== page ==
Chase Down Court Records
Most of the records previously discussed in this chapter, as well as land records (covered in Chapter 8) and naturalization records (see Chapter 10), can be found in the town hall or county courthouse where your ancestors lived. This is because the local courthouse is generally where official business was conducted — where your ancestor would have gone to apply for a marriage license, file settlement papers for an estate, record a land deed, pay his taxes, register to vote, or transact other business of day-to-day life.
In addition to the records mentioned above and discussed elsewhere in this book, court records also document cases involving civil and criminal actions. Don't be afraid to search these records because you're afraid of what you might find. It's not unusual to discover relatives sprinkled throughout court records for minor civil proceedings involving property line disputes, bastardy bonds, and unpaid debts.
Your ancestor did not even have to be accused of anything to appear in court records. He may have provided witness testimony for a friend or neighbor or posted bond money for a relative. Or he might be named in county businesses transactions — assigned as a local tax collector, or to oversee repair of a county road. Most of you will find few surprises, but even one or two unexpected mentions of your ancestor may help you in your search. If nothing else, court records can sometimes offer amusing fodder for your family history.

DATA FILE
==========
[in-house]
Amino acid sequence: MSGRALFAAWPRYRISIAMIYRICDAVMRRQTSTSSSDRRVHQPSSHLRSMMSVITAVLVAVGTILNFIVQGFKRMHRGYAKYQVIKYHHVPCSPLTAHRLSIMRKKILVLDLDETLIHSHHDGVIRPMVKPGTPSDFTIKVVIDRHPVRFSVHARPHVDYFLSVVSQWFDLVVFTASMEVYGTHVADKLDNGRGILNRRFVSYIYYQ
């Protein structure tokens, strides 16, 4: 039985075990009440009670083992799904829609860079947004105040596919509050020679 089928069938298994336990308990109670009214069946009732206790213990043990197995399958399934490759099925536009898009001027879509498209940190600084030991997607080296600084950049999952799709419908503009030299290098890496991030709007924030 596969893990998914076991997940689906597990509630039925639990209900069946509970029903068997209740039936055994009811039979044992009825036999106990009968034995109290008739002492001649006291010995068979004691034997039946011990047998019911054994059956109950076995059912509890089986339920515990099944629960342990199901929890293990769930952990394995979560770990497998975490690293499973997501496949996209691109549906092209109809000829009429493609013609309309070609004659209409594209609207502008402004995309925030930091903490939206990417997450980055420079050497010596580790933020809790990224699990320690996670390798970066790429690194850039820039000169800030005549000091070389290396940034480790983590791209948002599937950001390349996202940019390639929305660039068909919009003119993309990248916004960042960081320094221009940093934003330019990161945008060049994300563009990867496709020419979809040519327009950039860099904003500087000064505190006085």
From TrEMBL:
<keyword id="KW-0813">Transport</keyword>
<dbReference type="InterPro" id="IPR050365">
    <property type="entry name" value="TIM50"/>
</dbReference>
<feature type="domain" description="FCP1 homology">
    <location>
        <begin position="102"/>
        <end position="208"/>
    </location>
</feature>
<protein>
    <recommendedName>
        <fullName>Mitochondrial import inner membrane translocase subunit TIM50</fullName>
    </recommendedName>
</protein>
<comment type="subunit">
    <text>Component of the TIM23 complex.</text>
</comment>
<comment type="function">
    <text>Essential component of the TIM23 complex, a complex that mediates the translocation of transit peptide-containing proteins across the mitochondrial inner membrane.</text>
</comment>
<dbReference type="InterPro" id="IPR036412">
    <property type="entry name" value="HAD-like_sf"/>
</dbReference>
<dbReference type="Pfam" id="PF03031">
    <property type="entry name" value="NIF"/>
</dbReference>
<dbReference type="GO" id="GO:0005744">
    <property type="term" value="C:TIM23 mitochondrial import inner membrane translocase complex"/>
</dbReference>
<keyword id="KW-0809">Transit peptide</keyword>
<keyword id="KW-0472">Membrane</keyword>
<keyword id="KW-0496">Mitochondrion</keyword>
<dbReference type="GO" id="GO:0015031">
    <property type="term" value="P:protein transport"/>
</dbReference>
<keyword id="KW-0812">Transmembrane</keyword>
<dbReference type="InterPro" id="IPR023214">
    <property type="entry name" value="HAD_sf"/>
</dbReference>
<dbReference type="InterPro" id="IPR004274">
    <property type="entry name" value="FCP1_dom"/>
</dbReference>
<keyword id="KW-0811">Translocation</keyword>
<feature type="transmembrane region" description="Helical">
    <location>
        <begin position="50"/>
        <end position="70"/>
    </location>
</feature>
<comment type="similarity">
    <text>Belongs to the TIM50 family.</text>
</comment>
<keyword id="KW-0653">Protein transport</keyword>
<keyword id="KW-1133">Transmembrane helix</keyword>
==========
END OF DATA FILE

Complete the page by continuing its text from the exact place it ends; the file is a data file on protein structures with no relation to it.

In the United States, every state has a system of local courts that handles most of the local business and transactions likely to have involved your ancestors. Use the Internet (e.g., edgecombe county nc courthouse or south dakota courts) to search for information on the court system and courts in the town or county where your ancestor lived. The USGenWebsite (
The majority of court records will not be found online, but many court offices maintain some sort of virtual presence. The courthouse website may include information on the various offices within the courthouse and the records under their jurisdiction, the hours of operation, and, in some cases, details on how to request record lookups by mail or e-mail. Some courthouse offices, especially the Recorder of Deeds, may have indexes or other historical records online. The local library, historical society, or USGenWebsite may have published online guides or indexes to local court files. You can also check the Family History Library Catalog online to see if any court records have been microfilmed for your locality of interest, and request these for perusal through your local Family History Center.
State and Local Government on the Net (